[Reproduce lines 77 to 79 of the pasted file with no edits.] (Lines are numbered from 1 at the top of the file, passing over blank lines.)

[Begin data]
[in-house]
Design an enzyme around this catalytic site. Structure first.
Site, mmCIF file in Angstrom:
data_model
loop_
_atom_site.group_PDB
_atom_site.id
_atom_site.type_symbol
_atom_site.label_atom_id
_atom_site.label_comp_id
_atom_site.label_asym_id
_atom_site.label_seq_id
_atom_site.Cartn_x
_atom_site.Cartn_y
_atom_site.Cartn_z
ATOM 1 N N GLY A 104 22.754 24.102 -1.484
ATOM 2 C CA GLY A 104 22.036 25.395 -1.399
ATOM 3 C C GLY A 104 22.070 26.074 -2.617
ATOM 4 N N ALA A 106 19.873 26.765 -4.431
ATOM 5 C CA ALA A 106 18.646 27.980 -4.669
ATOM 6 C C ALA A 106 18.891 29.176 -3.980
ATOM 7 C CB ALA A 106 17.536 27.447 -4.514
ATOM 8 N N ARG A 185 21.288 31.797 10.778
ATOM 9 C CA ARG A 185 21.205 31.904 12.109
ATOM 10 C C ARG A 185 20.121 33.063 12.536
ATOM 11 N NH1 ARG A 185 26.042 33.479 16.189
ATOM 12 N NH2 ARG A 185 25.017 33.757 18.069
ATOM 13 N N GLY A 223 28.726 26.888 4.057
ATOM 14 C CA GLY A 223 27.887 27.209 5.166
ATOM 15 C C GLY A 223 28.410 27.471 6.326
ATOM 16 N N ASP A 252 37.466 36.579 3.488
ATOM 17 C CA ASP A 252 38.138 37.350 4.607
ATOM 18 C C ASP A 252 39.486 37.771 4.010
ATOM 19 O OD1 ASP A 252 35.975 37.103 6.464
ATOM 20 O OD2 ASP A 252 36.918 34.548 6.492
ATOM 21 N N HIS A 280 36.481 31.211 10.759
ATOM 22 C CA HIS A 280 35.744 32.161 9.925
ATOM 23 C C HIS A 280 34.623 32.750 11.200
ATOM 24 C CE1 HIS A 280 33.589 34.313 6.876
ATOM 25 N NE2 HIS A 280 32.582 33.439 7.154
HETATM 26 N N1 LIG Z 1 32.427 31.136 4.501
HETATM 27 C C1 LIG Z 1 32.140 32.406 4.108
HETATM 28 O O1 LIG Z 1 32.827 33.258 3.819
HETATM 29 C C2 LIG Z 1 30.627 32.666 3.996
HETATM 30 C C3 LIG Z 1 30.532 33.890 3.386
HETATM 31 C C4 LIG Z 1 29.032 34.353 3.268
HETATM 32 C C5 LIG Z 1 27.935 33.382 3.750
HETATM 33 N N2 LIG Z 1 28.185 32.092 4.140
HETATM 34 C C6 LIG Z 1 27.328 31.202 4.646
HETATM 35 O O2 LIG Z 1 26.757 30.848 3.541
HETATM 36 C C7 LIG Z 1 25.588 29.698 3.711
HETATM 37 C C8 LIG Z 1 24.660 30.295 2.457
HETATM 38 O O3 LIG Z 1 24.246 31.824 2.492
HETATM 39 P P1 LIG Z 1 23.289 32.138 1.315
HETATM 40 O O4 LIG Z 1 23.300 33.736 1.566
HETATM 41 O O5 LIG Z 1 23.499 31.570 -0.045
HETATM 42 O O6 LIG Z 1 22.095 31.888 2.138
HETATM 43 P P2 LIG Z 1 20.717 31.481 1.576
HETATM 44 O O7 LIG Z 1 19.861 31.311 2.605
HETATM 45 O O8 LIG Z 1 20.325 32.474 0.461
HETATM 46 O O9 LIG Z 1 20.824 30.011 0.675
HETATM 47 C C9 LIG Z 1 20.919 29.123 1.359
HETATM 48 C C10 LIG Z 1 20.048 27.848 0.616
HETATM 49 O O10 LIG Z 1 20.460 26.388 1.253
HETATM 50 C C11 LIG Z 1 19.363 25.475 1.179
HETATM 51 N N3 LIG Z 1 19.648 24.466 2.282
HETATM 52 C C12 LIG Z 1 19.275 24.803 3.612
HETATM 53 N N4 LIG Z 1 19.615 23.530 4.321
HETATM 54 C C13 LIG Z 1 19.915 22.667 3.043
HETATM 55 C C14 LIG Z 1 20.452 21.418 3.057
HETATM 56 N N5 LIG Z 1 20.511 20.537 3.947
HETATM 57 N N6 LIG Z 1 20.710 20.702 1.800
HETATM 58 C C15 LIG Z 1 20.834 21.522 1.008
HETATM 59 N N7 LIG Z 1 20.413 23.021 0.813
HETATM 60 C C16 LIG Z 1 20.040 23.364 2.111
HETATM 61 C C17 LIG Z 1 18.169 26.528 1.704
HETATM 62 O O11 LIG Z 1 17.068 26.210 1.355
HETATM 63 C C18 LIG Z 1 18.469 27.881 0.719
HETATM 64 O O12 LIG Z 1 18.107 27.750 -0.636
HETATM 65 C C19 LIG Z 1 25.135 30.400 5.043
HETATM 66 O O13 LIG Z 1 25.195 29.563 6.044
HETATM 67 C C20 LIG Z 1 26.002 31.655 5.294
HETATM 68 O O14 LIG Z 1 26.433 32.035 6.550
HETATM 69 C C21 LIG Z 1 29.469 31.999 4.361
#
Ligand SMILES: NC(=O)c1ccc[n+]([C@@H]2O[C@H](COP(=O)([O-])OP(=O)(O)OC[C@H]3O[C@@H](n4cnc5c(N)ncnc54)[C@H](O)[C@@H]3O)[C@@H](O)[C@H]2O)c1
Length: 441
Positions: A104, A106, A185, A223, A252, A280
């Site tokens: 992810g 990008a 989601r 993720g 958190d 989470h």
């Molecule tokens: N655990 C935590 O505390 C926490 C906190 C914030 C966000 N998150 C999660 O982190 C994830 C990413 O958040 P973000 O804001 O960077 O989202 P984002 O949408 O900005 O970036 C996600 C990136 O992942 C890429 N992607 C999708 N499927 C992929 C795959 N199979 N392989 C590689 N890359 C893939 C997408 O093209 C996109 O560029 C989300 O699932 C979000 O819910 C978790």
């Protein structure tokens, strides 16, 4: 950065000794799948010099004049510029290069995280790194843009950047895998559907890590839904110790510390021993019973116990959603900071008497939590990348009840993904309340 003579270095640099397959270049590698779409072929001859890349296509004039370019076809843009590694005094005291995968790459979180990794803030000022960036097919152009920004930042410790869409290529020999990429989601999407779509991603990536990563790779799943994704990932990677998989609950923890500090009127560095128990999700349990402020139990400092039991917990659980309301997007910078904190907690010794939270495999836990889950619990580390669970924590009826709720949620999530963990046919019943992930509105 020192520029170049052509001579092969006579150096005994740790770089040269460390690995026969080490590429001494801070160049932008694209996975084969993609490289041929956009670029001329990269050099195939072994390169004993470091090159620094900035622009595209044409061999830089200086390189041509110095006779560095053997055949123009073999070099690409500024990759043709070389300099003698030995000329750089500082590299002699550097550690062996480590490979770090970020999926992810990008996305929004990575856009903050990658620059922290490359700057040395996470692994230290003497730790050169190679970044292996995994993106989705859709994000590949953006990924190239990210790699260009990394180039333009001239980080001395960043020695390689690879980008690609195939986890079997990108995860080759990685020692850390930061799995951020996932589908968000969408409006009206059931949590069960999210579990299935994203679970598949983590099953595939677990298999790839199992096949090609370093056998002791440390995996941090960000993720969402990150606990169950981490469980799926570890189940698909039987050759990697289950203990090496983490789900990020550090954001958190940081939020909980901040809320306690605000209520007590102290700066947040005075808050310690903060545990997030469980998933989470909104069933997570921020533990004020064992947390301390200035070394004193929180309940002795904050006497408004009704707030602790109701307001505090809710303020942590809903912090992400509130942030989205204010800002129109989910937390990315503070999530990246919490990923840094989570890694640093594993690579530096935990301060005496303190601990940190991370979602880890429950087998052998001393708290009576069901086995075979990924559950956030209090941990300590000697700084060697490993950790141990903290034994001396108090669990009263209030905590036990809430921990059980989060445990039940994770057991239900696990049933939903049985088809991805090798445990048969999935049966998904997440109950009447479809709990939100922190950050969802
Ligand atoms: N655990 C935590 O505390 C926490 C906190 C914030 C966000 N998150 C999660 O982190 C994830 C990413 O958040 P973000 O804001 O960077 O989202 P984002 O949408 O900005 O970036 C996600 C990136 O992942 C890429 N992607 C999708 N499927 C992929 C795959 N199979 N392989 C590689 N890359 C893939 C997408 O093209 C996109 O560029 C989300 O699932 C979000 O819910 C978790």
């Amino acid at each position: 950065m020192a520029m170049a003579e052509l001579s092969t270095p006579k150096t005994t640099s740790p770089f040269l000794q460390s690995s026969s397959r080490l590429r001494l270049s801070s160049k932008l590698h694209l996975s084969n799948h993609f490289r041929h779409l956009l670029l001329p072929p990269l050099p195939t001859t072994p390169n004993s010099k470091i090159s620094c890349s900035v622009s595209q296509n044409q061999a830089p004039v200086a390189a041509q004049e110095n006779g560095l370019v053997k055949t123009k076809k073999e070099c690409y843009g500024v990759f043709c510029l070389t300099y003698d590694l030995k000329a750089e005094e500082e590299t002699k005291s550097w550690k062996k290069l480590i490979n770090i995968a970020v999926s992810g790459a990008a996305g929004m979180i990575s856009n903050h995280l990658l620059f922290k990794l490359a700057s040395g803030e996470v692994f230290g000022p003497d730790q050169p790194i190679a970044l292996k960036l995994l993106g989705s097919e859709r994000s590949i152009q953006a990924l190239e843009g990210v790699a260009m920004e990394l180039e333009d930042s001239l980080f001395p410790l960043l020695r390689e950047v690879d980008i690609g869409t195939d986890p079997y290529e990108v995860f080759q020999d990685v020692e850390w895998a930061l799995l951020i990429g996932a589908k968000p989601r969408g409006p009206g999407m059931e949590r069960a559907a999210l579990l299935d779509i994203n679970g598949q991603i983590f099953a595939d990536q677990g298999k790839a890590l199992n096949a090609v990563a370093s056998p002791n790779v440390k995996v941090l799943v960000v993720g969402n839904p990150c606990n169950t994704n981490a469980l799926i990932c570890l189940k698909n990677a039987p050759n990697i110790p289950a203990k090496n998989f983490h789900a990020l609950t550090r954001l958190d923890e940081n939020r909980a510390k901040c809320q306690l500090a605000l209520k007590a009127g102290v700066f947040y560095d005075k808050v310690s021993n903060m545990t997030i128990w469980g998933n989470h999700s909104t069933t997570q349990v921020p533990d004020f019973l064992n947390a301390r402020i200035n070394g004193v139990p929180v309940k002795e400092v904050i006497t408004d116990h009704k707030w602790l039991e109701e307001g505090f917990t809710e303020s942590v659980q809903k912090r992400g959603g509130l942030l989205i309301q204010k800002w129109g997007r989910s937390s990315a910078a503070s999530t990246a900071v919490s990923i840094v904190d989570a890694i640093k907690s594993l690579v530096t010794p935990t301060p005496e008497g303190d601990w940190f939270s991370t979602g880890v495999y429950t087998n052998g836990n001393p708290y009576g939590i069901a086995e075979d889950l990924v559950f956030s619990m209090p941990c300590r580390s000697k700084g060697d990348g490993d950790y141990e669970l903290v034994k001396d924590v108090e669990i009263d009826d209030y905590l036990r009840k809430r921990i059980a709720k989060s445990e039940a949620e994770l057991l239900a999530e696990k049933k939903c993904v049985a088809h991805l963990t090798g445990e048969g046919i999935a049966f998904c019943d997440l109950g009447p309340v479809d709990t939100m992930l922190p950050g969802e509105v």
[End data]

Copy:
HETATM 62 O O11 LIG Z 1 17.068 26.210 1.355
HETATM 63 C C18 LIG Z 1 18.469 27.881 0.719
HETATM 64 O O12 LIG Z 1 18.107 27.750 -0.636